Speaker Bagbin leads Parliament in tree planting

Politics Speaker Trees
Politics Speaker Trees

In commemorating the Green Ghana Day, Speaker Alban Sumana Kingsford Bagbin on Friday joined other well-meaning Ghanaians to plant tree seedlings at the premises of Parliament House, in support of the initiative.

The Green Ghana Day is an annual exercise introduced by the Government as part of efforts to recover the nation’s lost forest reserve.

This year’s celebration on the theme “Our Forest: Our Health”, saw Parliament planting 300 tree seedlings on the premises of the House.

The Speaker noted that the theme for this year’s Green Ghana Day underscores how critical it was to preserve the nation’s forests and vegetation for the well-being of humanity. In the previous Green Ghana Day event, Parliament planted 400 trees.

“Today we will add 300 more trees, bringing the total to 700. I have been informed that about 80 per cent of the trees planted survived. I believe we can do better by increasing the survival rate.” The Speaker said.

Touching on the significance of forests, the Speaker said forests, the lush lungs of planet earth, play an irreplaceable role in mitigating the impacts of climate change.

He noted that forests act as natural carbon sinks, absorbing carbon dioxide and replenishing the atmosphere with oxygen, ensuring that the air mankind breathes remains pure and invigorating.

He said it was important that Ghanaians recognize the immense value of these ecosystems and take proactive measures to restore and conserve them.

Speaker Bagbin said the benefits of trees and forests were manifold, such as the purification of the air that mankind breathes, filtering harmful particles and pollutants, and ensuring the well-being of citizens, especially those in urban areas where air pollution was high.

He said forests served as nature’s guardians, regulating water flow, mitigating the risks of flooding, and preserving the nation’s precious water bodies.

He said trees also provided shelter and habitat for countless species, sustaining biodiversity and preserving the delicate balance of the ecosystems.

“What is more, they have a crucial role in combating climate change, as they sequester carbon and contribute to the reduction of greenhouse gas emissions.”

Speaker Bagbin said the role of Parliament in enacting legislation to safeguard both livelihoods and the environment could not be overemphasized, reiterating that this year’s theme aligned with the consequences Ghanaians faced in disregarding the vital need to protect their ecosystems and forests.

He said the Forest Protection (Amendment) Act of 2002, Act 264 stands as a pillar for safeguarding the environment and promoting sustainable forestry practices.

Speaker Bagbin said it emphasizes the severity of offenses committed within forest reserves and highlights the importance of obtaining written consent from authorized institutions before engaging in tree felling, timber removal, or any actions that may harm the forest ecosystem.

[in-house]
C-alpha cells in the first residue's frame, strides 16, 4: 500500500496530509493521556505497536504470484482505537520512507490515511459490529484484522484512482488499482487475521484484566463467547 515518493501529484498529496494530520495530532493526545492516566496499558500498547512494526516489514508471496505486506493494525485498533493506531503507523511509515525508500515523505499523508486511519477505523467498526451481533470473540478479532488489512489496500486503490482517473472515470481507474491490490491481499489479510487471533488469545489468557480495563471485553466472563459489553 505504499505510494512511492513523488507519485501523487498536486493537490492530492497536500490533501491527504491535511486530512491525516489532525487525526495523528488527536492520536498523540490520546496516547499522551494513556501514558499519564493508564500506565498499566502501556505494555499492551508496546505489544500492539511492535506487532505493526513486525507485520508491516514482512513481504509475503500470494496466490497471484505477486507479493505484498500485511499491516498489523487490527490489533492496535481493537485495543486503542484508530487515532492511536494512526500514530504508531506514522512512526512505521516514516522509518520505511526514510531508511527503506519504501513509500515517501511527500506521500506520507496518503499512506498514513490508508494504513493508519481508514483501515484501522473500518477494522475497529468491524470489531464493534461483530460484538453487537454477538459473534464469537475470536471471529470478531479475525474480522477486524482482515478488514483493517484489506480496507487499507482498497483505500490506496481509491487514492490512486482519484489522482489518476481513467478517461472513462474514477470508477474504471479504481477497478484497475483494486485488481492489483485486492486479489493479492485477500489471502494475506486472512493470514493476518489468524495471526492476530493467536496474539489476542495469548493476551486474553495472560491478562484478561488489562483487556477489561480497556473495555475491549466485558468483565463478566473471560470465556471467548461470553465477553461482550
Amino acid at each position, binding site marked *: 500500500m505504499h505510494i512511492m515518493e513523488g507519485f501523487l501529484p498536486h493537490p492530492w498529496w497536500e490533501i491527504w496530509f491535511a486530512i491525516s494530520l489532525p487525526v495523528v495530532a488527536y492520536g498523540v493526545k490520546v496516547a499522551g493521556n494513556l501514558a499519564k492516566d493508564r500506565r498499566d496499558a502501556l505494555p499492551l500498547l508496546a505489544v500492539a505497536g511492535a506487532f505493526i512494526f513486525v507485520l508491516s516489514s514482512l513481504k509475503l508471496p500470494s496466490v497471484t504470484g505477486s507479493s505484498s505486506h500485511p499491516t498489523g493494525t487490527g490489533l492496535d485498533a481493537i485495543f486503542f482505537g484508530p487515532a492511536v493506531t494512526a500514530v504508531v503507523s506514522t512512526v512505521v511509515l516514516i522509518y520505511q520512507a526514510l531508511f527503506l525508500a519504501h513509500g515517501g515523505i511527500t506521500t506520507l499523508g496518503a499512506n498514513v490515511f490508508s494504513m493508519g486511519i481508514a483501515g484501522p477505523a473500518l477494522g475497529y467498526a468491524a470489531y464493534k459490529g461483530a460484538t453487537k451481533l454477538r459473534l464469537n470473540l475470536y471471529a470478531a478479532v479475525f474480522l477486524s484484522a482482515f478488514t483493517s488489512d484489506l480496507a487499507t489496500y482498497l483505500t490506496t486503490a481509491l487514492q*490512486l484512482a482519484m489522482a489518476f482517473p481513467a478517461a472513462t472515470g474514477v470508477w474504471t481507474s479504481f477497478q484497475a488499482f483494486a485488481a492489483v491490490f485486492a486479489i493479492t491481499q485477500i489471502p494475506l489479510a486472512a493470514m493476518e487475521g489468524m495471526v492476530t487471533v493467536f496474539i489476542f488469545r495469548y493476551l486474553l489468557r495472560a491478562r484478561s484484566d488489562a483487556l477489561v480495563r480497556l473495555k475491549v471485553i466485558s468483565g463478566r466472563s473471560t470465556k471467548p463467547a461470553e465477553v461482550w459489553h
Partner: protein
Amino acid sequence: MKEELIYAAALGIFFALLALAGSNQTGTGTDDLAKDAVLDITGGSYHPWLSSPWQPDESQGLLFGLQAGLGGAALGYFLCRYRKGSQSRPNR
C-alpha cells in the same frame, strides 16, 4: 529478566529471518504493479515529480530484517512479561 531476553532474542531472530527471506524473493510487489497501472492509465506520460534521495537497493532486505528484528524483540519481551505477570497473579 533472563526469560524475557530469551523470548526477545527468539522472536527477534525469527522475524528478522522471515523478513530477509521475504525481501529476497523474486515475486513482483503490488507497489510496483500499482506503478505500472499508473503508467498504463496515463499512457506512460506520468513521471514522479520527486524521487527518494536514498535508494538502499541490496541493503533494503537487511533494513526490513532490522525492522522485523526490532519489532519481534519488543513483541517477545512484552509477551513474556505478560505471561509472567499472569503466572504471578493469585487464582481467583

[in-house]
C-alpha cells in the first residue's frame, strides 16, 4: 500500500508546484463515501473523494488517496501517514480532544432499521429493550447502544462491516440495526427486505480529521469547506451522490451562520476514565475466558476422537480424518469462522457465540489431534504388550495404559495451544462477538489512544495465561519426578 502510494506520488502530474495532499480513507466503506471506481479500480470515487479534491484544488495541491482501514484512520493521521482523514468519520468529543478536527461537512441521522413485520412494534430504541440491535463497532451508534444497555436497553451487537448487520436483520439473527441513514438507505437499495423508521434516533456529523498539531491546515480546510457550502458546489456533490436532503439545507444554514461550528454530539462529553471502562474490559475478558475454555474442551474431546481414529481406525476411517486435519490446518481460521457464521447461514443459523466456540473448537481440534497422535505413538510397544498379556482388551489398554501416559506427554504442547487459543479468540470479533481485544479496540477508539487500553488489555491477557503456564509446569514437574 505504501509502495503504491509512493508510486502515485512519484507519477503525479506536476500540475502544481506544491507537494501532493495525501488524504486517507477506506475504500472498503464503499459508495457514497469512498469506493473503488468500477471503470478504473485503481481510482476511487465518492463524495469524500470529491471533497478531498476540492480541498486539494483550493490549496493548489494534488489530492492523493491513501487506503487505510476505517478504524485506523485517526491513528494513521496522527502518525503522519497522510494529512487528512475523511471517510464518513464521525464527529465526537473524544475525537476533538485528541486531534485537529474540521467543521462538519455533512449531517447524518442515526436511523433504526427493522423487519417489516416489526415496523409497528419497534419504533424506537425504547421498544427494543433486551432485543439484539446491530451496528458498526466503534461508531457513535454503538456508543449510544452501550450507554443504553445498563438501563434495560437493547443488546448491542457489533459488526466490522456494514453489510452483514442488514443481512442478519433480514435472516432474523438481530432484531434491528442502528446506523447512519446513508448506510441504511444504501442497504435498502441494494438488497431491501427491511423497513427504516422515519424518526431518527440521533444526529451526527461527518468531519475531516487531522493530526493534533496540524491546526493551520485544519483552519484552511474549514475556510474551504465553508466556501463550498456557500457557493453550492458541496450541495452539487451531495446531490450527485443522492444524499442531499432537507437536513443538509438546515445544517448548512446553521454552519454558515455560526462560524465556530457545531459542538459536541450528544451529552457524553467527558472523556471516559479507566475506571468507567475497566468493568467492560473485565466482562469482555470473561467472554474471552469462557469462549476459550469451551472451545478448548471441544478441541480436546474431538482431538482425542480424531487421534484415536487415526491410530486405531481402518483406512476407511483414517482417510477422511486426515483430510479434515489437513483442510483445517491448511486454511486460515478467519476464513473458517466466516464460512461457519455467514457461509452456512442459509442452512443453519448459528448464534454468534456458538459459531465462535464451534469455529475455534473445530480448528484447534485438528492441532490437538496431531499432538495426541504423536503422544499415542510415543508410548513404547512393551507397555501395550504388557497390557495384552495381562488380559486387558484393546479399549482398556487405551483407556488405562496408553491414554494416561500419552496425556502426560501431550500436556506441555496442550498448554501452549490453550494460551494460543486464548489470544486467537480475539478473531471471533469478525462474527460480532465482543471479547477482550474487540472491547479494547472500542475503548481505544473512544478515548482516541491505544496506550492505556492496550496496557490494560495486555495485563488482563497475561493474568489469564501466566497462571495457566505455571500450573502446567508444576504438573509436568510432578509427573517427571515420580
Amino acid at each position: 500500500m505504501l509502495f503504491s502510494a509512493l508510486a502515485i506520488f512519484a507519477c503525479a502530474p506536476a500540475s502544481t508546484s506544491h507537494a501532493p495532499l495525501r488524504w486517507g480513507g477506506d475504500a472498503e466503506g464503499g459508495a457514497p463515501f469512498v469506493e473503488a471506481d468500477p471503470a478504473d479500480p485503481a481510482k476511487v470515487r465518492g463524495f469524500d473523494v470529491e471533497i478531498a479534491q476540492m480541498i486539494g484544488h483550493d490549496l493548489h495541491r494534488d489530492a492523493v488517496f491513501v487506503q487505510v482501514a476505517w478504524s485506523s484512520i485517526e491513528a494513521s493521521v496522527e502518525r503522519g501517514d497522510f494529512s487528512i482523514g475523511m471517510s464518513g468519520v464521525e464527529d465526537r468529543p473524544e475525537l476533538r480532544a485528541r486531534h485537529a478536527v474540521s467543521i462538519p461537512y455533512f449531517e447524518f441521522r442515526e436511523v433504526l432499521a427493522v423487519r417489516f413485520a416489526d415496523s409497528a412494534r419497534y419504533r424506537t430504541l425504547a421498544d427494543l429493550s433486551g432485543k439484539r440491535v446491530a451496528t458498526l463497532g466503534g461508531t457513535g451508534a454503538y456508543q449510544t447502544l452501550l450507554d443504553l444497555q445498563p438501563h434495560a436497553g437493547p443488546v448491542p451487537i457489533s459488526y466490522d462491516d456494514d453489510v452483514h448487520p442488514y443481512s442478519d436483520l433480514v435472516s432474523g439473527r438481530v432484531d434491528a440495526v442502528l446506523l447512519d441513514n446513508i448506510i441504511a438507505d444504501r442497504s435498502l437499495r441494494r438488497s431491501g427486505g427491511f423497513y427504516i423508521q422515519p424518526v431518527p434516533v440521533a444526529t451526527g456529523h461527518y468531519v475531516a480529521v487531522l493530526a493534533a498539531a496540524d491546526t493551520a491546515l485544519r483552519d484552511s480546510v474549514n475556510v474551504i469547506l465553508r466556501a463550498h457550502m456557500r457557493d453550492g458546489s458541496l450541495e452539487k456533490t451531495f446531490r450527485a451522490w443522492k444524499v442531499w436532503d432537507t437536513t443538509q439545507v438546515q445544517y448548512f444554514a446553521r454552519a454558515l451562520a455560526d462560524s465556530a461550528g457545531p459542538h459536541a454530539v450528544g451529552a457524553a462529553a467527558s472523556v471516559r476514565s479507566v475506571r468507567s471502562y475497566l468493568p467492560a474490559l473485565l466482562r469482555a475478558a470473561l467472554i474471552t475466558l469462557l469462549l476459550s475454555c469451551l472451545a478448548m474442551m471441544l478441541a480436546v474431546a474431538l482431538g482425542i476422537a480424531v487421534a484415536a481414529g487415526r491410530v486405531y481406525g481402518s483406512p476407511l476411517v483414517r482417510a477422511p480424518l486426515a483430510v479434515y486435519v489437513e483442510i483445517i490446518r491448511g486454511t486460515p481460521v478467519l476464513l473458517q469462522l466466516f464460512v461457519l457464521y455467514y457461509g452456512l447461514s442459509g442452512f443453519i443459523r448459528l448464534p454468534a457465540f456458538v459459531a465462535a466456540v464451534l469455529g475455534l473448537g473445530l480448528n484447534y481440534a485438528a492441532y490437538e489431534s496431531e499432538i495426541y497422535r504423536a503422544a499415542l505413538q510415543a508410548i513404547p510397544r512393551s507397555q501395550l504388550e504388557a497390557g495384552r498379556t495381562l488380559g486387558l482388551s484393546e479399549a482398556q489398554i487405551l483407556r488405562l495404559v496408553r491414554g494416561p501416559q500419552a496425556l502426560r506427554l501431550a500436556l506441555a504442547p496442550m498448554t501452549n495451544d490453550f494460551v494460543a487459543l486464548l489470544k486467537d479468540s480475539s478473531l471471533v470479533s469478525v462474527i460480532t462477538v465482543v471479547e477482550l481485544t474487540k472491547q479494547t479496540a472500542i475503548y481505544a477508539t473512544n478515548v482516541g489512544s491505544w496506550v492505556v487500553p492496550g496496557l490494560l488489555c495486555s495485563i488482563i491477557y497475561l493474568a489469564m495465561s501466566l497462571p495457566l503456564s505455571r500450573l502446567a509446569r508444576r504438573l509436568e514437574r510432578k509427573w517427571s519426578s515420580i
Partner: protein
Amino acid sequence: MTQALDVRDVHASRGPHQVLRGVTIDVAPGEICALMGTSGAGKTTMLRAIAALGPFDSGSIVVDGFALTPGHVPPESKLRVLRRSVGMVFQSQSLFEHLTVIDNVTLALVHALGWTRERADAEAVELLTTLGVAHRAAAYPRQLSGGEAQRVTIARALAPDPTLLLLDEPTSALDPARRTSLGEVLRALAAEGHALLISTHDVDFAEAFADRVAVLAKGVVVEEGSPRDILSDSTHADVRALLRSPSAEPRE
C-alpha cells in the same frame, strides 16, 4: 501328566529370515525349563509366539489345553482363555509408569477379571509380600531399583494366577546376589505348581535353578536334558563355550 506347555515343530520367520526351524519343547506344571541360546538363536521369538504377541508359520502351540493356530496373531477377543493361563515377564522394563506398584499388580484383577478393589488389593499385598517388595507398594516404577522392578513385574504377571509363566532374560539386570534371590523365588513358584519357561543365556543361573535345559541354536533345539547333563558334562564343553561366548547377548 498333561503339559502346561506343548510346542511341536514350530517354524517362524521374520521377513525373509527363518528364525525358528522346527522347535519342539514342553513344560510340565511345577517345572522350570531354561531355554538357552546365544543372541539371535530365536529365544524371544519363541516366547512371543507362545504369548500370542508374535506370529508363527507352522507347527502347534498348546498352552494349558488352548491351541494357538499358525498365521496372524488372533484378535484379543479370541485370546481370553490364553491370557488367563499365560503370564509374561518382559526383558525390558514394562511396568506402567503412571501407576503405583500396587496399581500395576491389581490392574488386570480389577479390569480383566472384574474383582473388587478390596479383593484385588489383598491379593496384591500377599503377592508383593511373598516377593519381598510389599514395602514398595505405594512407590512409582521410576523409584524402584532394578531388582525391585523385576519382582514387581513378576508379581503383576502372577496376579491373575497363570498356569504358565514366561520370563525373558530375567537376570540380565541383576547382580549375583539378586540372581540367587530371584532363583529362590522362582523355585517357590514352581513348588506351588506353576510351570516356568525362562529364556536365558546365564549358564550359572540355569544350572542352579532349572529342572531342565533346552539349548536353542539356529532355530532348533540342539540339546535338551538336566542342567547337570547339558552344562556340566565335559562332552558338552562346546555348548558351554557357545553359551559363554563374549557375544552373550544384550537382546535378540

Adding that the Act imposed strict penalties for such offenses, underlining their unwavering commitment to protect and preserve their precious forest resources.

He said the state of Ghana’s forests Ghana had witnessed a significant decline in forest cover over the years.
He said once blessed with a vast expanse of thriving rainforests; Ghana now ranks among the tropical nations with the highest percentage of deforestation.

Speaker Bagbin said the alarming statistics speak for themselves: from a staggering 8.2 million hectares in 1900, their forest cover had dwindled to a mere 1.6 million hectares.

He said this distressing trend highlights the environmental degradation caused by various factors, including informal small-scale gold mining and uncontrolled tree felling without the commensurate reforestation efforts.

He said the goal of halting deforestation and restoring the nation’s forests, as outlined in the 2030 Agenda for Sustainable Development, would be unattainable if Ghanaians persist in their current attitude toward the forest cover, they had; stating that this was precisely why initiatives like Green Ghana Day were of paramount importance in national agenda.

“Green Ghana Day symbolizes an investment in our collective future, for which reason I urge all Ghanaians to actively participate in this exercise.” He said.

“Planting trees is not merely an ecological gesture; it is a profound act of love and responsibility toward our nation and health.”

Mr George Agbenowoshi, Acting Greater Accra Regional Manager of the Forestry Commission, said the exercise was creating awareness about the importance of forests and enhancing biodiversity on the environment as well as protecting the environment.

He urged Members of Parliament to support the works of the Commission and address issues of illegal mining in their respective constituencies.

Mr Ebenezer Ahumah Djietror, Acting Clerk to Parliament, commended Mr Samuel Abu Jinapor, the Minister of Lands and Natural Resources for the initiative, which had the support of President Nana Addo Dankwa Akufo-Adoo and the Speaker of Parliament in restoring the nation’s forest cover.

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